Maybe the pandas need the wild breezes blowing through the bamboo to get in the mood, and a swinging party with lots of pandas to choose from.

Relatively Retiring said...

E.C: I am in full agreement with you. It's the sort of moral dilemma people should not have to face, and also the sort of moral dilemma that has been created by people.

Zhoen: How wise to recognise yourself so well. The world would be a better place is others shared your realism.
You and Tian Tian would have much to discuss - especially the idea of the wild breezes in the bamboo and the swinging panda party!

Jee said...

I sympathise with poor TianTian. Anyone and everyone seems to think they have a perfect right to comment on other people's choices when it does comes to having a family. I was constantly grilled by perfect strangers because we only have one child. That was not actually a choice and the loss of others before and after her birth including a stillbirth was not something I cared to discuss with complete strangers. It would be sad to lose the Panda but although we are so much to blame in many ways, they do seem to evolved into an indifference with they're own survival which we should perhaps respect

Friko said...

I remember the feeling too well.

Do pandas turn their backs on each other?

Relatively Retiring said...

Jee; it is very sad that some people are insensitive to such personal issues. Perhaps the pandas feel equally violated.

Friko: thank you for commenting. It seems that pandas are turning their backs on a lot of things, doesn't it?

Julia said...

Twenty-five years ago today I gave birth to my daughter. Her conception was almost as complicated as that of a baby panda, though thankfully less public. I sympathise with the pandas. I say, leave them in peace to decide their own fate...

Relatively Retiring said...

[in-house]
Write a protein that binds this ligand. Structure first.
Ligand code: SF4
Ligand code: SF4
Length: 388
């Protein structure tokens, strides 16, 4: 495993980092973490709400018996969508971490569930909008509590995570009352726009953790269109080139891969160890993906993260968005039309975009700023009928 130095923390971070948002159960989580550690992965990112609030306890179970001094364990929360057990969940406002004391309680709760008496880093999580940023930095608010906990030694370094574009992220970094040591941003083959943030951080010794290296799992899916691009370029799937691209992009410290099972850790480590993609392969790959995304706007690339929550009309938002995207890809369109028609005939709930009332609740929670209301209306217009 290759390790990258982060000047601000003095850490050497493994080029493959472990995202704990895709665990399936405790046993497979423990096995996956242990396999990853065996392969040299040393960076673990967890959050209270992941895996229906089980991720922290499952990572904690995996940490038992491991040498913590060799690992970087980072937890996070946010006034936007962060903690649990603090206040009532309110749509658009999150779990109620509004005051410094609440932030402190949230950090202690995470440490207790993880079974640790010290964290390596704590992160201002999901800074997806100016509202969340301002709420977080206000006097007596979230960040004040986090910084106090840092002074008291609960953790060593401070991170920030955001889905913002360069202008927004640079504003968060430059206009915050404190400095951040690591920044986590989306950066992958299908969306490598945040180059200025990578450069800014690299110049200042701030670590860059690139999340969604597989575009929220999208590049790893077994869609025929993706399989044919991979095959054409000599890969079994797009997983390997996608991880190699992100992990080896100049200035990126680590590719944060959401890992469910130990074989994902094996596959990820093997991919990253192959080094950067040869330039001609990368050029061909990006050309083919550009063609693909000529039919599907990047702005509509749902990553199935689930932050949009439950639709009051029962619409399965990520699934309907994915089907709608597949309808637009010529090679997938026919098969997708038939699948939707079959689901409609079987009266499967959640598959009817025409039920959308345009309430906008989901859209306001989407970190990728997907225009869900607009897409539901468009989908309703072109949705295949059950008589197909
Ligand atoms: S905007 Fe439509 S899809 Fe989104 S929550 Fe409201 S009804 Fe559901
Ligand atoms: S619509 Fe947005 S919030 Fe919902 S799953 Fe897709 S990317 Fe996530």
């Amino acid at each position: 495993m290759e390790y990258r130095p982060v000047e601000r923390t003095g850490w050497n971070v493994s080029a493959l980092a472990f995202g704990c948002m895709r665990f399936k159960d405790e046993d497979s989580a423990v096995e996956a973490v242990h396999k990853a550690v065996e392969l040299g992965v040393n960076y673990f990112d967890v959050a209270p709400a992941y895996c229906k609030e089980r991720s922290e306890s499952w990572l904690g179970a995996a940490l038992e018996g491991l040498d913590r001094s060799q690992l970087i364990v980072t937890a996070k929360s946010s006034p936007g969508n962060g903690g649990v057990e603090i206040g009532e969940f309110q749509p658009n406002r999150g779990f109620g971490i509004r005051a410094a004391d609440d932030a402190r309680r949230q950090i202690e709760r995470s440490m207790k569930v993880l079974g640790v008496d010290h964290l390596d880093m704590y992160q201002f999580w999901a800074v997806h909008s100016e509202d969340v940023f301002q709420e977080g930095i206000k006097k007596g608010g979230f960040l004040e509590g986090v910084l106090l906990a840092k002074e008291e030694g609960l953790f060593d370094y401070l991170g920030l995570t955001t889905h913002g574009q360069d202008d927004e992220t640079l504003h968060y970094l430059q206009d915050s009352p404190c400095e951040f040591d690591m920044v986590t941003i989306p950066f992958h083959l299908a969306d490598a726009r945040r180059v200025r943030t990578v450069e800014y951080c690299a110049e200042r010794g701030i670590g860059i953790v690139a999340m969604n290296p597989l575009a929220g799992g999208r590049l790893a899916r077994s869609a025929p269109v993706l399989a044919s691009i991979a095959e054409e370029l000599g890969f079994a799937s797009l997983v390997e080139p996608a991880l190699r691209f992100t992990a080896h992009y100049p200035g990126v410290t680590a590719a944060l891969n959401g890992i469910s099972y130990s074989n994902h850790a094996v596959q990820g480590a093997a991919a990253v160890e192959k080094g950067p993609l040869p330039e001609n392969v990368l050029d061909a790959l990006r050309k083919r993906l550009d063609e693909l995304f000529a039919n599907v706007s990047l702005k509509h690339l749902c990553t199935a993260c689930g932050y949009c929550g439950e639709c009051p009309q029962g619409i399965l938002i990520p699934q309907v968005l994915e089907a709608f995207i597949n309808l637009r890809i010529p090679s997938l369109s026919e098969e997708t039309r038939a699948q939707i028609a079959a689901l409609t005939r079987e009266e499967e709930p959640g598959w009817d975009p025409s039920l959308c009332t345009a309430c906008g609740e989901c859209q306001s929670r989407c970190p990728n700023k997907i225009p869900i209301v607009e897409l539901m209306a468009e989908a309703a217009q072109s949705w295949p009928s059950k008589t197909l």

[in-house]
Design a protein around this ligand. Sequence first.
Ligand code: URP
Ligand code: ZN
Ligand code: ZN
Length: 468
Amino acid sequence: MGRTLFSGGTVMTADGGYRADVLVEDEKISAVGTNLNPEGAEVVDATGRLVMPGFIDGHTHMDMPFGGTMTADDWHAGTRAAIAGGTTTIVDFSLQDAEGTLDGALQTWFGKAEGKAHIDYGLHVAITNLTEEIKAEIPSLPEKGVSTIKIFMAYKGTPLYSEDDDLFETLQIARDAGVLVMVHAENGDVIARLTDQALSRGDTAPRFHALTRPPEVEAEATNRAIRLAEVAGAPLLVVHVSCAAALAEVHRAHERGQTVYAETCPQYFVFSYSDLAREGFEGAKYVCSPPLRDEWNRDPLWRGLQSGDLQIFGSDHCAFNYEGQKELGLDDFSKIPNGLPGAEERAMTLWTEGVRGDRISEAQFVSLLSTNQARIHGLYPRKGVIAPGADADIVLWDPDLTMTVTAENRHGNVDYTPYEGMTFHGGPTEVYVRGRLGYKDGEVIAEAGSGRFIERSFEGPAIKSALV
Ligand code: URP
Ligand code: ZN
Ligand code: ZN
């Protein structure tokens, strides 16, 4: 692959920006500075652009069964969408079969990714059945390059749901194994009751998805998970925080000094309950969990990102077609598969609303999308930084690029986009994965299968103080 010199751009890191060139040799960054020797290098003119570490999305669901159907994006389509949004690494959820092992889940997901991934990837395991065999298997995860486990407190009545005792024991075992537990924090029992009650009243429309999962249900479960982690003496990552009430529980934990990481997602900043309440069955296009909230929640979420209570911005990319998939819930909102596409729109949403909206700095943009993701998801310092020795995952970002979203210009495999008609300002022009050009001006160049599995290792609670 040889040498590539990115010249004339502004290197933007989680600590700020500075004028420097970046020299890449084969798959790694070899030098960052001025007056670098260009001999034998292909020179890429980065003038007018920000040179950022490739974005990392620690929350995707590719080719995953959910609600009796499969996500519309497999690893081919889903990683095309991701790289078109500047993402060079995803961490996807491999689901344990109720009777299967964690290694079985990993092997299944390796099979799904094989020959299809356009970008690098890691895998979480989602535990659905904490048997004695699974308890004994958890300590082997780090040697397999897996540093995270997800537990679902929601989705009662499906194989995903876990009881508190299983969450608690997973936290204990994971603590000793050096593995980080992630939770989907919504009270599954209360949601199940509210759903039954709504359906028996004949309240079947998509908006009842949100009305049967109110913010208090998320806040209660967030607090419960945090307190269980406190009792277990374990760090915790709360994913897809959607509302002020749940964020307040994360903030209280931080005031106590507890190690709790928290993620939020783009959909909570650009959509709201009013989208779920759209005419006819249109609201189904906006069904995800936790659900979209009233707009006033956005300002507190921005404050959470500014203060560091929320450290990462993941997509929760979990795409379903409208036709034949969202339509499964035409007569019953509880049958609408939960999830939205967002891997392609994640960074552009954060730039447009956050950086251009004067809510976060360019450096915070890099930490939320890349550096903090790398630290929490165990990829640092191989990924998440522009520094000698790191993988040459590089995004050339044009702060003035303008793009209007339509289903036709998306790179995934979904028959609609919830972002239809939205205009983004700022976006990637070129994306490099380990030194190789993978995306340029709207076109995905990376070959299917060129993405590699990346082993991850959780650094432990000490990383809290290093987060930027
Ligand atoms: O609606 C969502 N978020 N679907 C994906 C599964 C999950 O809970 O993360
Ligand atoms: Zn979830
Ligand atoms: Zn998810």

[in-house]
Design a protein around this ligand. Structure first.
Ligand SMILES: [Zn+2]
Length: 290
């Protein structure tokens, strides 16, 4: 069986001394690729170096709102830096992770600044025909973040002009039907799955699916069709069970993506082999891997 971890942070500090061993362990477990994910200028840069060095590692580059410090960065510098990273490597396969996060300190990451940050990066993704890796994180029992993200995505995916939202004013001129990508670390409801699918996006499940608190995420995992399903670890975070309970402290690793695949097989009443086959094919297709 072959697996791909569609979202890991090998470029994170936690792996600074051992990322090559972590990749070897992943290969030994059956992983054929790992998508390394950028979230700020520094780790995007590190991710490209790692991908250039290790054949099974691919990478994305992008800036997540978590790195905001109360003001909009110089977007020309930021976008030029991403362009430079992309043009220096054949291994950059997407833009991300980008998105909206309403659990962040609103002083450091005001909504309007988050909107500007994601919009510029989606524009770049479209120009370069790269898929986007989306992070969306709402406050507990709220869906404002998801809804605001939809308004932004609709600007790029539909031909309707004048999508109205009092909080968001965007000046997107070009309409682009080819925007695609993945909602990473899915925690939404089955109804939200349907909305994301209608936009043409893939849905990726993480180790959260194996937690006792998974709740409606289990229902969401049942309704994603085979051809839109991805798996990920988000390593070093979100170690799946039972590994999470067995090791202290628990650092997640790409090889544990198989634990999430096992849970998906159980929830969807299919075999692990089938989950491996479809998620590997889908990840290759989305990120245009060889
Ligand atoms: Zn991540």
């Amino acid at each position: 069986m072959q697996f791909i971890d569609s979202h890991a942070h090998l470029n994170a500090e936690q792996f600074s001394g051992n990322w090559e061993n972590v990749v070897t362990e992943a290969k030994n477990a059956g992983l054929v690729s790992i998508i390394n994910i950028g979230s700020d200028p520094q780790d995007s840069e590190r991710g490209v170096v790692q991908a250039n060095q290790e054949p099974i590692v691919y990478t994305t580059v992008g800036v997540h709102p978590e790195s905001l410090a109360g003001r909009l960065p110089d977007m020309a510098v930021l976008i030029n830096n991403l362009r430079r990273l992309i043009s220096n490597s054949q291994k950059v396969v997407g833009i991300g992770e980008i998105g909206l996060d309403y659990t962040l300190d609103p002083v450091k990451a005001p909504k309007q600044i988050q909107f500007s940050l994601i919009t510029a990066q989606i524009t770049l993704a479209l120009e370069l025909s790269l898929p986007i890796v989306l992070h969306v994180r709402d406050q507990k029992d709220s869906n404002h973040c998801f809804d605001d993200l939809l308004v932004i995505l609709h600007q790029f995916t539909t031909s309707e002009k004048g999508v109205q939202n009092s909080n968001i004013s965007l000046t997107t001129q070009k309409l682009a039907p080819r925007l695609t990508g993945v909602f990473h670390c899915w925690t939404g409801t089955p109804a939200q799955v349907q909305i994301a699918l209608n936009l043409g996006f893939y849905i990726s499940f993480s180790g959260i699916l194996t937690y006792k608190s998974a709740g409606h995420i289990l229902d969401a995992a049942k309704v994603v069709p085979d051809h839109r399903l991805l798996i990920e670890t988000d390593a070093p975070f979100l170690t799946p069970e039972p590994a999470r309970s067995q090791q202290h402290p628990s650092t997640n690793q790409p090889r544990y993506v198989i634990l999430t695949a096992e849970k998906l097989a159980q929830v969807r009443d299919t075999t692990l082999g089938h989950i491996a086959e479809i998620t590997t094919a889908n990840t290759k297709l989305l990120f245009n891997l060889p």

Julia: very happy birthday to your daughter. We have interfered so much with creatures and their habitats it seems impossible to know where responsibility for their survival begins and ends.
I'm glad you had more privacy than Tian Tian.

Gillie said...

Like many of you I don't know the answer, but I hate hearing the phrase - there is money in panda production - yikes!

We seem to be at the point where we feel we can ask any question of anybody on any subject, the more personal the better it seems to me, re Jee's comment and all the in depth reporting on The Other Birth, most of it pure speculation.

Sorry, got off the panda subject a little, am assuming Tian Tian isn't being grilled by the media!

Relatively Retiring said...

Gillie: thank you for your comment. I'm sure poor Tian Tian is being invaded by all sorts of people. I'm sure you are right about privacy issues. The one remaining taboo seems to be about death.

Jenny Woolf said...

I suppose they must reproduce in the wild since they are still here! I suppose it must be a puzzle for zoologists, since it must be pretty hard to observe them in the wild, because they are so endangered there are hardly any. Sometimes it can be little things that affect wild creatures.

Well, the answer to this (as you can tell) is that I don't really know. But I sure don't blame Tian Tian for not wanting to cooperate!

Relatively Retiring said...

Jenny: there are no straight-forward solutions to any of these problems. We have just meddled too much in so many creatures' lives. I grow a lot of bamboo in my garden. Tian Tian is welcome any time, pregnant or not!

Molly said...

I am still here! My email is If you can send me an email perhaps we could still arrange to meet? Are you in Oxford? I never suspected you might be nearby....

Isabelle said...

Well, yes, but I don't want pandas to die out. (My daughter Laura once had a boyfriend who said we should just let them die - survival of the fittest and all that. I never liked him much, however...)

Relatively Retiring said...

Isabelle: I think it is a sort of moral dilemma, when creatures can only be re-created under such artificial conditions - but on the positive side, perhaps your grandchildren will be able to see baby pandas in your local zoo!